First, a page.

26/05/2010 | by ed | 1 comments
Words and photos by Ed
Q. What’s the German for ‘wheelbarrow’?
This is just one of the things we learned as we knocked on various doors in the Austrian village of Feichten last Sunday, looking for anything which could help us cart a few tons of snow from the roadside to a grassy slope at the base of the mountain. Thanks to the guys at Kaunertal – the local glacier and host to the 2010 Snowboard Test – Whitelines had taken delivery of a truck load of the white stuff and a hefty box; now all we needed was a tractor. But heck, this is Sound of Music country, where every other household owns a herd of Milka-esque cows. How hard could it be?
Well, when your event happens to clash with a local cow show, it turns out: quite hard! It seemed every farmer in this sleepy valley was showing off their finest bovines and had taken their tractor keys with them. We would have to take up one lady’s kind offer of a ‘scoopenkarten’… That is, until word of our plight spread through the town and a bearded chap with arms like tree trunks came to our rescue armed with a JCB.
Game on! Under the watchful eye of Castelford’s finest shaper Damian Doyle, the set-up was completed, the riders appeared and the second annual Whitelines Rail Jam, in association with Quiksilver and Lib Tech, began.
Just like last year’s inaugural event, the idea was to bring a little après shred to the Board Test après scene. Spirits are always super high amongst the shops, riders and brands on the first full day of the test, so a casual session back in town is the perfect way to continue the fun and catch up with old friends.
Having warmed up and got the measure of the set-up, the riders were let loose on a brand new competition format christened ‘Shred Bingo’. Numbered ping-pong balls were drawn out of a hat, each of which corresponded to one of a hundred rail tricks on a list. The first rider to successfully land a required move got a letter towards S.H.R.E.D, and a fresh ball would then be pulled from the hat. Once a rider got all five letters (or a ‘Full House’) they would get a prize, and the game would start over.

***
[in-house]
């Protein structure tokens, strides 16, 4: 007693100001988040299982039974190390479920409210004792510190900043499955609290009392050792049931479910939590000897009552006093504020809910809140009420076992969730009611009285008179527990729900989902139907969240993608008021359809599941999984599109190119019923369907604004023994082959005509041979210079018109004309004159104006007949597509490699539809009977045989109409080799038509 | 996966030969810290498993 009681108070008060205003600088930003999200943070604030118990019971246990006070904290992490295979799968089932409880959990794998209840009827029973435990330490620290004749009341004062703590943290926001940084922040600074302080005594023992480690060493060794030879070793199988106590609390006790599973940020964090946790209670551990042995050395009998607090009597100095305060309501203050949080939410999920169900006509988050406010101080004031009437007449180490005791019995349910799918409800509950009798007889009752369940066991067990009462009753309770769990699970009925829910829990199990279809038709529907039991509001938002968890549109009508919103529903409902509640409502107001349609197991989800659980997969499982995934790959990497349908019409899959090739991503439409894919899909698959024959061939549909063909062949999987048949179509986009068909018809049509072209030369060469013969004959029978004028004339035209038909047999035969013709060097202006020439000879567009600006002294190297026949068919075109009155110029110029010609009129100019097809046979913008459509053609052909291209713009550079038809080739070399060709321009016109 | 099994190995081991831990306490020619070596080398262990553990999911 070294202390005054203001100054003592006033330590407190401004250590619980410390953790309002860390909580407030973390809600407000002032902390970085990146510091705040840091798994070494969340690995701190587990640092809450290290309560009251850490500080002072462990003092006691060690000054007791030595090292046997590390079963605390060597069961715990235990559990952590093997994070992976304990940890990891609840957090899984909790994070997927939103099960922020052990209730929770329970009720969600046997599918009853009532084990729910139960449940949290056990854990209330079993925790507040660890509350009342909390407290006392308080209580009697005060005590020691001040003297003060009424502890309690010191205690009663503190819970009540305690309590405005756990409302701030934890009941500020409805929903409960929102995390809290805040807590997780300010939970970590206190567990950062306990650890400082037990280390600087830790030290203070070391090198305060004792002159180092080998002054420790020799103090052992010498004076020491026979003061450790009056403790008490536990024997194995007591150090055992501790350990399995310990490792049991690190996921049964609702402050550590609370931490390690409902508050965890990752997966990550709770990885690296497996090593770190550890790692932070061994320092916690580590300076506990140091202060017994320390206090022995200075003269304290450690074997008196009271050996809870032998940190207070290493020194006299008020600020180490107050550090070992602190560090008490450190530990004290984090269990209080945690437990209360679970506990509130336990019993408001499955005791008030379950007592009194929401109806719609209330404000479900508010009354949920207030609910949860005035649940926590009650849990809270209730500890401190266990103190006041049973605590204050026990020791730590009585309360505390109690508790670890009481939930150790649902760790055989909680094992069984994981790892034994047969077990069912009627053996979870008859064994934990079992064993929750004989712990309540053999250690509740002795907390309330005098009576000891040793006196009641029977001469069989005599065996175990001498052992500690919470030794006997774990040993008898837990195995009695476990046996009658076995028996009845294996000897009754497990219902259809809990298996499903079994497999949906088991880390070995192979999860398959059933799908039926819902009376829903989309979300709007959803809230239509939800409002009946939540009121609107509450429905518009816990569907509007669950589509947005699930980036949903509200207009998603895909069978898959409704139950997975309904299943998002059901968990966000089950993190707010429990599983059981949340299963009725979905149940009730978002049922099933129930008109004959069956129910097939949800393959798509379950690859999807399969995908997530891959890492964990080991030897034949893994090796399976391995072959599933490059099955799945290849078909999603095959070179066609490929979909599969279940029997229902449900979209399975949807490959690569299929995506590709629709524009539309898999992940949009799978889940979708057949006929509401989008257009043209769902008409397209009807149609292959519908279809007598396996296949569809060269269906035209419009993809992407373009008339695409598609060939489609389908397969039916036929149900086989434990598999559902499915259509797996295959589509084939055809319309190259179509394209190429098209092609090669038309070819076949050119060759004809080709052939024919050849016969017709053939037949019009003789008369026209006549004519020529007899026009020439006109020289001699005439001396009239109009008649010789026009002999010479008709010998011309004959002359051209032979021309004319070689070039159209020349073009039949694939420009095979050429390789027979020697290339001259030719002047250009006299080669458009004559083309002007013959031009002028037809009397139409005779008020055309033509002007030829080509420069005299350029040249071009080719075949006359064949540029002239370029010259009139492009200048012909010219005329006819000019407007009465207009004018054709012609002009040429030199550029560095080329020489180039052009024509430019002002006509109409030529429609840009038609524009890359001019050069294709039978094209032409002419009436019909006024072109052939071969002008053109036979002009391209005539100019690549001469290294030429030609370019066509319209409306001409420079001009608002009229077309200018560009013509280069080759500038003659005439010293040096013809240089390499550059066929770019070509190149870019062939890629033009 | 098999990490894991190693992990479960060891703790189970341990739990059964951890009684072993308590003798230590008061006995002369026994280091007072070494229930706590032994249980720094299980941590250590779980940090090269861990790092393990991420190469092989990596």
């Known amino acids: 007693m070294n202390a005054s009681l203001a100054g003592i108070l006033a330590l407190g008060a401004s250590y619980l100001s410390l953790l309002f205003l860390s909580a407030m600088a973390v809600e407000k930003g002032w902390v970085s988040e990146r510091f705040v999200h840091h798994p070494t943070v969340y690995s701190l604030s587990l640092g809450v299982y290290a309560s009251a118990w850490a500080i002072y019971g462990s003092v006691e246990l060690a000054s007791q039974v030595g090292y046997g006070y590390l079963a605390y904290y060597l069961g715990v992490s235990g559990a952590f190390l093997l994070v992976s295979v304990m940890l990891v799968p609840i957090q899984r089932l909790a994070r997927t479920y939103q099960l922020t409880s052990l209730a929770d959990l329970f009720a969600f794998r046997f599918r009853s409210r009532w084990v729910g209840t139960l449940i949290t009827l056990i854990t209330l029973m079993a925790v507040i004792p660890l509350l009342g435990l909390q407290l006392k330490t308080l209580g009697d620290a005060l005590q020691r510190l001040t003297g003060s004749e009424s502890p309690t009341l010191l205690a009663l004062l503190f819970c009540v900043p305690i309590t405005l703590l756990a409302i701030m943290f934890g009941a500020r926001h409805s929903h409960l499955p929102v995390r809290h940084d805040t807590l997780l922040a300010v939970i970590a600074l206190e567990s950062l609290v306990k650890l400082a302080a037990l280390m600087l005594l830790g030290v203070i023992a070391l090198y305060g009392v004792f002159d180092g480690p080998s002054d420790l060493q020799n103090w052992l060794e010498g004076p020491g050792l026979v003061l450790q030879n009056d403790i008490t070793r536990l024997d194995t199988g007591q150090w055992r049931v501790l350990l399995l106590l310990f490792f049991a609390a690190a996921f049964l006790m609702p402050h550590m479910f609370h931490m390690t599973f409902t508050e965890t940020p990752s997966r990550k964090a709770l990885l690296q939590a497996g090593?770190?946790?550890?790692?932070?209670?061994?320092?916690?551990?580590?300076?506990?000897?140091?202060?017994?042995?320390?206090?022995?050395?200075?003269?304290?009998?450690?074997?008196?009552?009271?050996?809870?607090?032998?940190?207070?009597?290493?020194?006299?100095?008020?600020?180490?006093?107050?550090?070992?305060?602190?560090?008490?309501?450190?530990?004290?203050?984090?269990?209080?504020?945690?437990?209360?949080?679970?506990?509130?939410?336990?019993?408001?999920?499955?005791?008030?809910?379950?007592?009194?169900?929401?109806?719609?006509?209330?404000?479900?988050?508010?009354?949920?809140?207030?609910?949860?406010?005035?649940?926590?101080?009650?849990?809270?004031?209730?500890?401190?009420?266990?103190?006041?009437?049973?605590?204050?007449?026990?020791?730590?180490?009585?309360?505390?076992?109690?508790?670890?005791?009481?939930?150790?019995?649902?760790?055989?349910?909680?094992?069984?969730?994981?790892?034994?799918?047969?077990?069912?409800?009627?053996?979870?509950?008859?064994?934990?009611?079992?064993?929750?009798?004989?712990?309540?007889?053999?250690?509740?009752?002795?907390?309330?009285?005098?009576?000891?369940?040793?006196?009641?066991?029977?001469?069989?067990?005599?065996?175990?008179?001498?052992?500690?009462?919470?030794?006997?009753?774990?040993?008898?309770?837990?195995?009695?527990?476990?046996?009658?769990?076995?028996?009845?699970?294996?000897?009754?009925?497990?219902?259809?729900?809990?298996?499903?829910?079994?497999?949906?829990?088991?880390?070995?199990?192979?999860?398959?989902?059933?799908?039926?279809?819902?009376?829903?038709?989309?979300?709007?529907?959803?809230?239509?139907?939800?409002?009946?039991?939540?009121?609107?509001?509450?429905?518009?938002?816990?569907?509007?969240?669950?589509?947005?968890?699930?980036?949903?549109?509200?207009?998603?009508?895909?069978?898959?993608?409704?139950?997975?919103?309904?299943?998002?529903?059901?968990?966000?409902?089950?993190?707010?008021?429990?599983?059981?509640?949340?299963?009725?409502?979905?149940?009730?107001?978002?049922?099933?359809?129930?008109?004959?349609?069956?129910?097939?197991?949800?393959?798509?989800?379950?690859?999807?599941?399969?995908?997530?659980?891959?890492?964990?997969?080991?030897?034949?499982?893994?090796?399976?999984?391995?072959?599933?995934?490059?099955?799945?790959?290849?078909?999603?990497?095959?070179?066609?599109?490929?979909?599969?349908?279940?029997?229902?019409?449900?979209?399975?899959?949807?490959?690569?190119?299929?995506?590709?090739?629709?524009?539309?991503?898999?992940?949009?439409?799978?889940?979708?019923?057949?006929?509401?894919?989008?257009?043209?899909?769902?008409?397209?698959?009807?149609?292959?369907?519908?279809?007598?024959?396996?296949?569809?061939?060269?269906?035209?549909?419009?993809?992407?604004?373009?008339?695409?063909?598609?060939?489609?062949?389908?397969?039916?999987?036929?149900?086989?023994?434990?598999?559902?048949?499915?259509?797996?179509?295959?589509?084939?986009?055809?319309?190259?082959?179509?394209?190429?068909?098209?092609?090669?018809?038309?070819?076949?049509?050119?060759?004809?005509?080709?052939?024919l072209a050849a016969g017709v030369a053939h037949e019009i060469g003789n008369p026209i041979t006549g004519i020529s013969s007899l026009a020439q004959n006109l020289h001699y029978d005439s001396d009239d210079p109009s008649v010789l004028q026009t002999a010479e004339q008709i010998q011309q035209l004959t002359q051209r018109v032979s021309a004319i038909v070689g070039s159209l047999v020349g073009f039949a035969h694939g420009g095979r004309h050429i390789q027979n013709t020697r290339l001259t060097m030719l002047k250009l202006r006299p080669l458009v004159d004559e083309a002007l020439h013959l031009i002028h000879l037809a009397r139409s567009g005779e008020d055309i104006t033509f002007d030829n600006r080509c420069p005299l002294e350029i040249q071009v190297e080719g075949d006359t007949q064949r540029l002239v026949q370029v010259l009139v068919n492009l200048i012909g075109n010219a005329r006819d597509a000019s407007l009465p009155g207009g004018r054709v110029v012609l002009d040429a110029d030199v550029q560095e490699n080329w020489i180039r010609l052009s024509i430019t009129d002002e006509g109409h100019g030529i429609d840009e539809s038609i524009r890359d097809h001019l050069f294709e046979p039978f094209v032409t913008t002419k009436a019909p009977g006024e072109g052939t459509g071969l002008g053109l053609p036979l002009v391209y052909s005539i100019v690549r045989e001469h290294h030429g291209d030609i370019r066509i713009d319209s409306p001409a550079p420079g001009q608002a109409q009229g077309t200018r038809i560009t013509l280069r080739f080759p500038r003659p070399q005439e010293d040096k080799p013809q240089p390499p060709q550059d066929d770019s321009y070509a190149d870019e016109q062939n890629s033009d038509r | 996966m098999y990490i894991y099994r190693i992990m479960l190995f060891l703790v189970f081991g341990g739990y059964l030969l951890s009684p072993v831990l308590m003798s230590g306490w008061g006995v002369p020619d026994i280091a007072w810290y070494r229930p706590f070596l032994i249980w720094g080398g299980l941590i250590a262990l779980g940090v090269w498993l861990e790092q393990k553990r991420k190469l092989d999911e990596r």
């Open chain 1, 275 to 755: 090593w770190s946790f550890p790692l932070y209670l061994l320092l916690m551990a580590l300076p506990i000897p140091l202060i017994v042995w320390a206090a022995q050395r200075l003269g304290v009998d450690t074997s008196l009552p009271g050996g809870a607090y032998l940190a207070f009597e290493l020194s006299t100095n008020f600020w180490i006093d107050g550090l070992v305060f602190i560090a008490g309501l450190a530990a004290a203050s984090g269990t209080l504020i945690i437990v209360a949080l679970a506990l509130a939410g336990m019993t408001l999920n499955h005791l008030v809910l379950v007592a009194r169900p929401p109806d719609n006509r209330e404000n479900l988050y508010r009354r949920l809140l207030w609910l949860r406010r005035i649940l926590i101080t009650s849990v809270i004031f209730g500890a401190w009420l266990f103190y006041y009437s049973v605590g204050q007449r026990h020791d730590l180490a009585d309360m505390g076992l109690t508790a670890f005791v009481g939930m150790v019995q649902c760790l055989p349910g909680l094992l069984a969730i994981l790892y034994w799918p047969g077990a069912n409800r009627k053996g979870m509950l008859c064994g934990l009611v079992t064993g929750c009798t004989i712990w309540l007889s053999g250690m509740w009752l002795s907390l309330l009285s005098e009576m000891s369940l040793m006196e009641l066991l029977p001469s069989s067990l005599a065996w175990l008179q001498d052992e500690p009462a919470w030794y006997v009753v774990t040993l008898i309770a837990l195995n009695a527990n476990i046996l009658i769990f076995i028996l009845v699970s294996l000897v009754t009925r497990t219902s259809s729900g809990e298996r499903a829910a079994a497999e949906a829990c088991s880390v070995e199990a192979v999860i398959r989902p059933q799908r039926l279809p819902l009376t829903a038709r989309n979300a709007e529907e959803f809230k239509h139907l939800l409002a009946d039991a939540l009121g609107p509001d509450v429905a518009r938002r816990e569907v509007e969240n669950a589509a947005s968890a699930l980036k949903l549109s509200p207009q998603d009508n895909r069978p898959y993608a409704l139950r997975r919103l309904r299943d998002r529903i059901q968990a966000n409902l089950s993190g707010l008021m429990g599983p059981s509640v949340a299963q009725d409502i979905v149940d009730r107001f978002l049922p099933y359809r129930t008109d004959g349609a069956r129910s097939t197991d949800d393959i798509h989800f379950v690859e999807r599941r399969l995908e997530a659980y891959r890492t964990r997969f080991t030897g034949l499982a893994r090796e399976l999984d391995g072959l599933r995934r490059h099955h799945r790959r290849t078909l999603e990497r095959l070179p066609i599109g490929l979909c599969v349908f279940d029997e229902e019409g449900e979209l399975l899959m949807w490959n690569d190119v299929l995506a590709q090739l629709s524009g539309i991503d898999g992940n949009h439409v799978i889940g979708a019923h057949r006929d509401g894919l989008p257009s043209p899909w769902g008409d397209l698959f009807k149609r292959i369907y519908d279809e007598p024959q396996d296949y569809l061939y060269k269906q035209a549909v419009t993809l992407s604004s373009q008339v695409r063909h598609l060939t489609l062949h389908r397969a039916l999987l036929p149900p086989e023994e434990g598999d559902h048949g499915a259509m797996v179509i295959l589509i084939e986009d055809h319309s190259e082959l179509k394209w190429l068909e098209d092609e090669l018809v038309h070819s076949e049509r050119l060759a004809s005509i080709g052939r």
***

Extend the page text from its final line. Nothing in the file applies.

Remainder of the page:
It proved a popular and fast paced game – less drawn out than traditional games of SHRED/HORSE/SKATE and with more of a positive focus, since riders are rewarded for landing rather than penalized for falling. Before long, however, the sheer number of tricks – ranging from a simple 50-50 to ridiculously tech combos – separated the men from the boys.
More specifically, it separated Jonny Russell from everyone else. Jonny is a graduate of the Castleford indoor scene and has been blowing minds with his world class jib skills for a couple of years now (just check out this video of him and his crew tearing Leeds a new arsehole).
For part time rail riders and spectators it was hard to keep up: no sooner had a ping pong ball been drawn and MC Weaver called a trick, Jonny had landed it. Meanwhile the rest of us were still trying to figure out what a ‘switch back one to 5-0 to front three out’ might look like.
While Jonny deservedly claimed the overall prize, due props must go out to some of the other riders who gave him a good run for his money. Tom ‘Little T’ Guilmard, Si Foster, Angus Leith, Danny McCormick, Sam Turnbull and youngster Rowan Coultas all offered further proof that when it comes to producing jibbing talent, the UK’s slopes are as efficient as any Finnish production line.
After a good three hour’s shred, rain clouds began looming on the horizon and everyone headed across the road to the Pfiff Alm bar to continue the party. Meanwhile, us organizers had the fun job of chopping up a few tons of salted snow (those Austrian farmers are very precious about their grass) and lugging the box back down the field – this time without the aid of a JCB.
The hard work had definitely been worthwhile, however, and the Whitelines Rail Jam will be returning bigger than ever next year.
Big thanks to all who helped us on the project: Damian Doyle, Andy at Lib Tech, Meena at Quiksilver, Jon Weaver, Neil Campbell and Sam Nelson